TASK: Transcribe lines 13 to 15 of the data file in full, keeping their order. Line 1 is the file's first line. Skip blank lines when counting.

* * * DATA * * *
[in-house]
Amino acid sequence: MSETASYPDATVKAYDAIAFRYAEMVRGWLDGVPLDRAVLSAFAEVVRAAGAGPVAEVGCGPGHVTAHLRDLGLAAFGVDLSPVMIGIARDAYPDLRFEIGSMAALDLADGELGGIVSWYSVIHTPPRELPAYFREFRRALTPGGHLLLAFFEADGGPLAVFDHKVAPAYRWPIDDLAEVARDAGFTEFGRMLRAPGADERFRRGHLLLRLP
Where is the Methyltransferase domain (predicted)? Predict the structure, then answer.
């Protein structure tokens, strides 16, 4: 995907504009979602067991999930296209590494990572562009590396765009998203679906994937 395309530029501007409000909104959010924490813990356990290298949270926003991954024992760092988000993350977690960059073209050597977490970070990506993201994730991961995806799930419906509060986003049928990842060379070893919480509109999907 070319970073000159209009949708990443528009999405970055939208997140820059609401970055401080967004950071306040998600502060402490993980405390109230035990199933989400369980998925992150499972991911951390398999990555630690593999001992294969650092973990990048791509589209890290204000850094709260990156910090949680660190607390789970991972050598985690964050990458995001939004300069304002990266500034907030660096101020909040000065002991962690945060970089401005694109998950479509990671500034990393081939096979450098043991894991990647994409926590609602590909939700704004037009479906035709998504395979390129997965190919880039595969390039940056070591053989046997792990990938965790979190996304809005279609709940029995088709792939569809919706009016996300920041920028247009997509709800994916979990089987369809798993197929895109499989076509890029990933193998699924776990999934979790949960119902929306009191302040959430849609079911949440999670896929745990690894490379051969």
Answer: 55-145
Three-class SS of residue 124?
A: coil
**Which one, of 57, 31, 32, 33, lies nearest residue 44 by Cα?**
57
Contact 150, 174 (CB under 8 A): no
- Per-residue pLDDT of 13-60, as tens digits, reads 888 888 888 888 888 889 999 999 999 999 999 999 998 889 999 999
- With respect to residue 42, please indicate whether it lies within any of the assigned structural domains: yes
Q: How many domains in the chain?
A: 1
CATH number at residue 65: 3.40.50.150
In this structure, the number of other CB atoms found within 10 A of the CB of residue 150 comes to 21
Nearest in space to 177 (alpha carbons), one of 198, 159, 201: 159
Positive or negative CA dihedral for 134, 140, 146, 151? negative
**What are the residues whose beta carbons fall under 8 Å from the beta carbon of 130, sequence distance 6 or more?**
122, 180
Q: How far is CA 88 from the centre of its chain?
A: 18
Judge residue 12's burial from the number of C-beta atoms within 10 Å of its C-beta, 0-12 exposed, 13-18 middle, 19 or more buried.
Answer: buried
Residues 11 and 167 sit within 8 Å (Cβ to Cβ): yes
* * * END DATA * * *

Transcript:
Q: How many domains in the chain?
A: 1
CATH number at residue 65: 3.40.50.150